As a feminist who is conflicted on the subject of sex work (if it's really what you want to do, kudos to you and go for it; but it the actual work still undermines women in all aspects of society), I was really interested to read Cody's book. I've read Strip City and Brothel, and I'm still looking for more. Cody's memoir did not disappoint, and actually exceeded my expectations--she's witty, intelligent and funny. Her story is interesting and I never got bored. It didn't change my opinion on sex work, but it did entertain me and I'm glad she decided to write of her experiences. I only hope her family forgives her for her awesome story.(less)
Hilarious. Feminist. Tina Fey. That's all that really needs to be said. Mainly musings on her life and funny stories from childhood to the present. Al...moreHilarious. Feminist. Tina Fey. That's all that really needs to be said. Mainly musings on her life and funny stories from childhood to the present. Also a good explanation of the rise of her career. I laughed and laughed. My favorite line? "When Oprah suggests that you've overextended yourself, you need to re-examine your fucking life."(less)
It is amazing to me that with all the smack, coke, acid, alcohol, prescription drugs (not to mention the car crashes) that this man is still alive to...moreIt is amazing to me that with all the smack, coke, acid, alcohol, prescription drugs (not to mention the car crashes) that this man is still alive to tell his story. And it's an amazing one. Clapton writes of his entire life, from his unusual childhood and upbrining to the present day. He covers all aspects of his musical career and his substance abuse recovery.
Some of it was a little jumpy, but I'd have to attribute that to his limited memories of those days...and it's a wonder he remembers anything at all. One of the most interesting things to me since I previously read Pattie Boyd's autobiography is how the two write about the same time. This helped to fill in some of the gaps, and it's interesting to see how the two viewed some of the same situations. Very interesting life and his record of recovery is sure to be an inspiration to many facing the same challenges.(less)
I've loved Marjane Satrapi ever since I read Persepolis in one of my Women's Studies class in college. I've had this on my bookshelf for a while and f...moreI've loved Marjane Satrapi ever since I read Persepolis in one of my Women's Studies class in college. I've had this on my bookshelf for a while and for some reason never got around to it until now. It's a hilarious graphic novel centered around an afternoon of tea in Iran and women's gossip. Topics range from plastic surgery to sex to mistresses to faking virginity to reclaiming virginity. Statrapi's illustrations are amusing and like Persepolis, it's a very quick read. Great book.(less)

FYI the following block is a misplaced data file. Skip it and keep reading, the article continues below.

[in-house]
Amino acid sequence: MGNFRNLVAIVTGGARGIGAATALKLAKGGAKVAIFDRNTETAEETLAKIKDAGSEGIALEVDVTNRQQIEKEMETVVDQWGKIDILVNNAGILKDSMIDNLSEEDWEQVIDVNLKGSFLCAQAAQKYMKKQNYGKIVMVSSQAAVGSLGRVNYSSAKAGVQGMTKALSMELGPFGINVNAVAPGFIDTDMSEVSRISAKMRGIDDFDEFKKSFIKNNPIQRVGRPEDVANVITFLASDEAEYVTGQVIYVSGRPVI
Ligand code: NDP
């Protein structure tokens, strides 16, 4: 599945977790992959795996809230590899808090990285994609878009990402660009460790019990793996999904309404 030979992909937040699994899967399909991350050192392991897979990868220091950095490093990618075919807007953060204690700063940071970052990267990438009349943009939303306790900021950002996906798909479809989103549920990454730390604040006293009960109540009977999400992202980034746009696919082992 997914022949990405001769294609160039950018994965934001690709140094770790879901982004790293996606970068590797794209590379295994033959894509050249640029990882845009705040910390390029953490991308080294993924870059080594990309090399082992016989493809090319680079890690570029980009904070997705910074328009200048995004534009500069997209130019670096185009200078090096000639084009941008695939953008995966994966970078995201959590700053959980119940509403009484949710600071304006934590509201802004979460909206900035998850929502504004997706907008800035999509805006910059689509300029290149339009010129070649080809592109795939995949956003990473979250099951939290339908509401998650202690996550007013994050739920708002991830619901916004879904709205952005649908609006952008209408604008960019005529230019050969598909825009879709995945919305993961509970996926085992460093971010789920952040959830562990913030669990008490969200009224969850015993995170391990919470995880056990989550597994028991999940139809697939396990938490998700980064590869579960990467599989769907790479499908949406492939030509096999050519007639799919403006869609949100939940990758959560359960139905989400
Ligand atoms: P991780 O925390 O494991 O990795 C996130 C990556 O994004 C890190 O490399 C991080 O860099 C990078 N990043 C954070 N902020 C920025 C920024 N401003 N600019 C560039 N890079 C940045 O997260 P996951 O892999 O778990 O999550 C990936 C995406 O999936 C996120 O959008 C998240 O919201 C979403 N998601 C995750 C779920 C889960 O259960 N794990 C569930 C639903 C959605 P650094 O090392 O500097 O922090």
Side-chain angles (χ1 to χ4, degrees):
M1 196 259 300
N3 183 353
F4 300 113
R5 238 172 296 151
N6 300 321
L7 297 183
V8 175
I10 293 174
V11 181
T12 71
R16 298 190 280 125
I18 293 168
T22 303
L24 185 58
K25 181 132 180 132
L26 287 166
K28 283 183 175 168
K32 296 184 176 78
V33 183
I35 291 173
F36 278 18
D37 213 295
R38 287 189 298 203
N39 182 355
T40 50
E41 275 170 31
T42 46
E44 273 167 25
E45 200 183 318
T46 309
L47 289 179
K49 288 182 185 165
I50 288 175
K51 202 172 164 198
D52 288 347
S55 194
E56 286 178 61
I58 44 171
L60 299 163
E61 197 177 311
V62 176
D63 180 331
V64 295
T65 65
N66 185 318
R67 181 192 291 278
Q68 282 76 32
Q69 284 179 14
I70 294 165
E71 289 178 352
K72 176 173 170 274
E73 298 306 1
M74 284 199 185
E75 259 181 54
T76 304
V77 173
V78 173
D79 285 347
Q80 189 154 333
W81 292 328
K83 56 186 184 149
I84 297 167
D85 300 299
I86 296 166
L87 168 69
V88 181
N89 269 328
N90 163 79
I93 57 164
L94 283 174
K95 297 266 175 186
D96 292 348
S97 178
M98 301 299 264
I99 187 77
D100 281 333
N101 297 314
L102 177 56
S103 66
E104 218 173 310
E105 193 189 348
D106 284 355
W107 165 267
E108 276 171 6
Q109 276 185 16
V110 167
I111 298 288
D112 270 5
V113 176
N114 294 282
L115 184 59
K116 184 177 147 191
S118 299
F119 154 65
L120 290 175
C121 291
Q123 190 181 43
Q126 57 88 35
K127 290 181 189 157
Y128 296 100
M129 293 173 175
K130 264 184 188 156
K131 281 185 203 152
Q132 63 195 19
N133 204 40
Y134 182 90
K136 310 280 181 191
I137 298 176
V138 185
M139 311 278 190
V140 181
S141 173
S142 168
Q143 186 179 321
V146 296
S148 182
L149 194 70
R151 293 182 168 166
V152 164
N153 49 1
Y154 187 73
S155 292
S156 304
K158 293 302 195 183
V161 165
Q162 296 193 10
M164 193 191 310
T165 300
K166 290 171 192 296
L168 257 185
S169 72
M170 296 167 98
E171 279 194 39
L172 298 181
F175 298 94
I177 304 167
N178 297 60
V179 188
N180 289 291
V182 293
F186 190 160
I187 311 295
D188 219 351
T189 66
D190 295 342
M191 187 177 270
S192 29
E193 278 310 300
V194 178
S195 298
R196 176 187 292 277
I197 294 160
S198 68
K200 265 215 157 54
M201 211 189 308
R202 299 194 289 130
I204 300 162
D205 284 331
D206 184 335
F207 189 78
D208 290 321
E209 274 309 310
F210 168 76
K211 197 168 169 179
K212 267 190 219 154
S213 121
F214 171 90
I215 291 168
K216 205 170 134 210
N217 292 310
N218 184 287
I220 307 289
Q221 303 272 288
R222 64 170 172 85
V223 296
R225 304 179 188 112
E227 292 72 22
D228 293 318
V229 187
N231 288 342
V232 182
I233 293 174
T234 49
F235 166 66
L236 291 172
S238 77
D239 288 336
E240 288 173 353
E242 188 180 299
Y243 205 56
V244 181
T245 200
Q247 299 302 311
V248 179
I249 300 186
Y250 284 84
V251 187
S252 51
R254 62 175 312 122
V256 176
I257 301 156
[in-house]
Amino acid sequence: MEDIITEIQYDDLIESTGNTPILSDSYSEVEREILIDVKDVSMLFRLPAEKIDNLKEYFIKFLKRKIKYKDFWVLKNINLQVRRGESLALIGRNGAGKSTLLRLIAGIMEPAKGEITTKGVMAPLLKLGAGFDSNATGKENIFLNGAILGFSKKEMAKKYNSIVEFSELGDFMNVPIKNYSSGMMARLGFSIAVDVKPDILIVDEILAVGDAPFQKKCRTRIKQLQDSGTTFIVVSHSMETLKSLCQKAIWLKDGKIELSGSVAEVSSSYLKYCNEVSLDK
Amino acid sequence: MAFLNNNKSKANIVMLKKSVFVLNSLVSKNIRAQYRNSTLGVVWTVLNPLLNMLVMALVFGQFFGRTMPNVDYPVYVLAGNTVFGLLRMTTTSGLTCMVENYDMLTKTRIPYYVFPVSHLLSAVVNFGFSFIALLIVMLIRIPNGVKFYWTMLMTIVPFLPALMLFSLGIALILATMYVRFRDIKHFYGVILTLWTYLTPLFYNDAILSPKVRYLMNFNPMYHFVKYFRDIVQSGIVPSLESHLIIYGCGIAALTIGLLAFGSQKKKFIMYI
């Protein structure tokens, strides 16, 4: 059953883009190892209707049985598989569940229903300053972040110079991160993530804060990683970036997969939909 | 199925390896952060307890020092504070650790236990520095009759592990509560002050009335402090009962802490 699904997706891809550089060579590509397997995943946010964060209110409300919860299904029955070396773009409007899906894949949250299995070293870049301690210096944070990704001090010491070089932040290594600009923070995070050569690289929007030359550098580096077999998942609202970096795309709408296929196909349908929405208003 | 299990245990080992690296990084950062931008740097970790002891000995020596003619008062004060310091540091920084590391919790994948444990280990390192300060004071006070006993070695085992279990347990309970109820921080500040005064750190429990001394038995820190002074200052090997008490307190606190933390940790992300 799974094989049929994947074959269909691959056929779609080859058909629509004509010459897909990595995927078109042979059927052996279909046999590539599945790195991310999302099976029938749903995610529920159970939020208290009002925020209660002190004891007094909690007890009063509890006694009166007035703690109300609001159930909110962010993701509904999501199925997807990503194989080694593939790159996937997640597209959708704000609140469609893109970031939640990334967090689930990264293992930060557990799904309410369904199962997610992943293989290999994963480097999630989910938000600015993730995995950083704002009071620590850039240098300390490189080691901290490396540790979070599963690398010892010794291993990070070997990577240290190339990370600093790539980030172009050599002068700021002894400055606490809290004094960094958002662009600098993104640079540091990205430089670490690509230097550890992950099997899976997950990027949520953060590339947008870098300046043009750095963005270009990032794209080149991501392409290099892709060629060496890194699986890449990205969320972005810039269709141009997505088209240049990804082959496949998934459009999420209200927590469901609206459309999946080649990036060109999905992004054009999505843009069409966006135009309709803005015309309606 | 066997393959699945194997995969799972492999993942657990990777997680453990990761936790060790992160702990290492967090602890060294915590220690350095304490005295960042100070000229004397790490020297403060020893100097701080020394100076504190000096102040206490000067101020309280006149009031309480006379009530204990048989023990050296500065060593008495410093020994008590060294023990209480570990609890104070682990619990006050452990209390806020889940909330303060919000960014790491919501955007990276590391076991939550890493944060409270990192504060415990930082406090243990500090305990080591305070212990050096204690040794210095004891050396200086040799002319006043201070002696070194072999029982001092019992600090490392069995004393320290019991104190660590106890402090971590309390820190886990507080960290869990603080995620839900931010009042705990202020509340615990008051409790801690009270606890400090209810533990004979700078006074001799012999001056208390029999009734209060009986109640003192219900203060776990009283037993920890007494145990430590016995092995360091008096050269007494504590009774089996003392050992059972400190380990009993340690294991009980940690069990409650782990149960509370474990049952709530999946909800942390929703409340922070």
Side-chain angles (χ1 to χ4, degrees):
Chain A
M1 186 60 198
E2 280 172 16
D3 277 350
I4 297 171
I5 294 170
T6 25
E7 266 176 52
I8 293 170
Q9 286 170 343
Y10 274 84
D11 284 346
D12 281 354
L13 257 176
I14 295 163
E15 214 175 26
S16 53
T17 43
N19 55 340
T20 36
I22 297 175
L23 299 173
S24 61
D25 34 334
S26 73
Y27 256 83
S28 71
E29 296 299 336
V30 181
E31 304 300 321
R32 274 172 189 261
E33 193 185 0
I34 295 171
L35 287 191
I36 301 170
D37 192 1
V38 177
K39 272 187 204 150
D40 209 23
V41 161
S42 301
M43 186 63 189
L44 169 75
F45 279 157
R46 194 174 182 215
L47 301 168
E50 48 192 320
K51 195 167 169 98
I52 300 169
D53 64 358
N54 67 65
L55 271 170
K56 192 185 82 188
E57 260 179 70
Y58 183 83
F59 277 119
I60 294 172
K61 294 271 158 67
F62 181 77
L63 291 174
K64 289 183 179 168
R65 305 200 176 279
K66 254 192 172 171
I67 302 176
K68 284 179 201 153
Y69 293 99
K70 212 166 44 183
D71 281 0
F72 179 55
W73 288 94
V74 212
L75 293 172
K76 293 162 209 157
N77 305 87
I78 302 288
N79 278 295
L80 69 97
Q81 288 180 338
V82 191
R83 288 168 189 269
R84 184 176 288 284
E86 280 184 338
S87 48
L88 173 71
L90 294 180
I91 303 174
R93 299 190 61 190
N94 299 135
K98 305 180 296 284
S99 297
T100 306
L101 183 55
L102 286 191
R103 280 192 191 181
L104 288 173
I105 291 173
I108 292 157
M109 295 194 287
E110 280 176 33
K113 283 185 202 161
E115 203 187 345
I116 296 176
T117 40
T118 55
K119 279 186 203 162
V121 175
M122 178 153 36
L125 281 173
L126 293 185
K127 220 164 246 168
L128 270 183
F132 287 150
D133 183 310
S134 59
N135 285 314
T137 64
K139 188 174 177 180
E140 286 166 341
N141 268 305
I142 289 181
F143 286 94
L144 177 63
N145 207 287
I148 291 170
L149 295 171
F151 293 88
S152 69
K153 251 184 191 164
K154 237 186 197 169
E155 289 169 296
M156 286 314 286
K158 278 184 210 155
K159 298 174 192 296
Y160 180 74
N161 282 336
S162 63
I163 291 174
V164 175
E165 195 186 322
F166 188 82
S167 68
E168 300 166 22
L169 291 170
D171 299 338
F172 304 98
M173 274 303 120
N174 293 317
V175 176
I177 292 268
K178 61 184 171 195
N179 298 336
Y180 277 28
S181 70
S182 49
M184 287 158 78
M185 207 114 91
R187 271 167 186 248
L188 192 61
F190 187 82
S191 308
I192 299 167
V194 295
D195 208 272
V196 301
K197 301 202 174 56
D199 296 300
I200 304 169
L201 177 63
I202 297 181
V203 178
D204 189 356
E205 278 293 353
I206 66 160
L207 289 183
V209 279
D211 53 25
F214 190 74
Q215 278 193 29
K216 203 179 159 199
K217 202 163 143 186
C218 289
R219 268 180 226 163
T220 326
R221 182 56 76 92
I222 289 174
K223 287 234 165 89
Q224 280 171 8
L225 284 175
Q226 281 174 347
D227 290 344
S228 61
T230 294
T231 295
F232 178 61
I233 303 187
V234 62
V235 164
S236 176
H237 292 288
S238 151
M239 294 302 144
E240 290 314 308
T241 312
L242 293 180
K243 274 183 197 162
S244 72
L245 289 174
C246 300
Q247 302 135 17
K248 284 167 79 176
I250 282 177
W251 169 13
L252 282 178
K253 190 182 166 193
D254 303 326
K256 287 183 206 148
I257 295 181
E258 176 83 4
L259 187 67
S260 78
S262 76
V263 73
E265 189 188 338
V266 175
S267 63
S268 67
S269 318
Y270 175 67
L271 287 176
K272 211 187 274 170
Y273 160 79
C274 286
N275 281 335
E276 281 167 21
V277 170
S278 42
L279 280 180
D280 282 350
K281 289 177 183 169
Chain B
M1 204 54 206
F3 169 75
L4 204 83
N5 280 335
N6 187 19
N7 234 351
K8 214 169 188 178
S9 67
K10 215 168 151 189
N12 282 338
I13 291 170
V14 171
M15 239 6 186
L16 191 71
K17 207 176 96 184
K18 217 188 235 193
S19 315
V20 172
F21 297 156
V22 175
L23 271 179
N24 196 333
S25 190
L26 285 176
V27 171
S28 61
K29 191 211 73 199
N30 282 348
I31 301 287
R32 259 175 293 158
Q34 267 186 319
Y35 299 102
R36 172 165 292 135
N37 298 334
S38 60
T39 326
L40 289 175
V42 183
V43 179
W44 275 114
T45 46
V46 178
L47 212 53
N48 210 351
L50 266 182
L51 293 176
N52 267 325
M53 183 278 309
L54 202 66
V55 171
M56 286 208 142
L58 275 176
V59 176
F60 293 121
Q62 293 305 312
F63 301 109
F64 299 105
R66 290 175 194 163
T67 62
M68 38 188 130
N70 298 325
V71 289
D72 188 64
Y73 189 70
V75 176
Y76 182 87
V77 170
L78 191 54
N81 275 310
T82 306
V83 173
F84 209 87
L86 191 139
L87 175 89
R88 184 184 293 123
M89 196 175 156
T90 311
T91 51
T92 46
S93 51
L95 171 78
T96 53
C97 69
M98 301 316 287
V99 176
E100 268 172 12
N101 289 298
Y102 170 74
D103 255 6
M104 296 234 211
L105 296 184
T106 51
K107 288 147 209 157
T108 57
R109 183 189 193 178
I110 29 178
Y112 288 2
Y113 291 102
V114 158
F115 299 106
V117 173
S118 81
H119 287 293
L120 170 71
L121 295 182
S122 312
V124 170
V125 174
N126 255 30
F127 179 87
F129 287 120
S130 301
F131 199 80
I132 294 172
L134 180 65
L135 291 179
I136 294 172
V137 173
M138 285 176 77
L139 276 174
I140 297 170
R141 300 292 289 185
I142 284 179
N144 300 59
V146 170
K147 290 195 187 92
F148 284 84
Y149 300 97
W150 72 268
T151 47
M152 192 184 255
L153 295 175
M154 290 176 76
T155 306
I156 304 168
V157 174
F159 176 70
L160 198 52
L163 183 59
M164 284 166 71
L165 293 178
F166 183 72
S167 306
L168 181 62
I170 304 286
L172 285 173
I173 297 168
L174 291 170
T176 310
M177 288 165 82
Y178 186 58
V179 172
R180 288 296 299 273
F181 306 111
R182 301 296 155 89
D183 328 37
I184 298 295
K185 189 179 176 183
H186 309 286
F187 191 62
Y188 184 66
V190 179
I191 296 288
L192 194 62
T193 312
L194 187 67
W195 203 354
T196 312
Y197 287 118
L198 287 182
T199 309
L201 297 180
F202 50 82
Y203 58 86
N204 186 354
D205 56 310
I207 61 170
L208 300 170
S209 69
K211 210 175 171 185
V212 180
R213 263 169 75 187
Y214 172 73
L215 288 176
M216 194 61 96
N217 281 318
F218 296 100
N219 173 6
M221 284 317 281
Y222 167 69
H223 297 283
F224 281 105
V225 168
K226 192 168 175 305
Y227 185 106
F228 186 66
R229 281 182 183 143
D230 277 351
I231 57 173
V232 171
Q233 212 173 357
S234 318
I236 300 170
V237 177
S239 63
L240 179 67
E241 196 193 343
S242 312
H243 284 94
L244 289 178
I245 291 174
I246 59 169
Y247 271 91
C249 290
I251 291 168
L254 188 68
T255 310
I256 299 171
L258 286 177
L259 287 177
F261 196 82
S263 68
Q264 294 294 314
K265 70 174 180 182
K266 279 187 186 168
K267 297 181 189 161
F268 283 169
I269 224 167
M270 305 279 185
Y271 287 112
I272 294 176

Ruth Ramsey, a health teacher at her local surburban school, has a theory when it comes to sex ed: pleasure is good, shame is bad, and knowledge is po...moreRuth Ramsey, a health teacher at her local surburban school, has a theory when it comes to sex ed: pleasure is good, shame is bad, and knowledge is power. Others, however, don't exactly feel the same way and they are quite vocal about it. The recently-formed "Tabernacle," an evangelical church, has declared an all-out war on comprehensive sex education, and convinced the schoolboard that abstinence-only is the only way. Meanwhile, Tim, a member of the aforementioned church, coaches Ruth's daughter in soccer--and Tim and Ruth don't really see eye-to-eye on many things. But there's something about the other that bothers them both...
This was my favorite Perrotta book that I've read so far. I liked the topic--an all-too frequent source of frustration for me. It's very realistic in terms of the political climate of today and the feelings on both sides. I only wish that Ruth's character had fought a little more for her position. Finally, kudos to Perrotta for mentioning Andrea Dworkin--I quite enjoyed that.(less)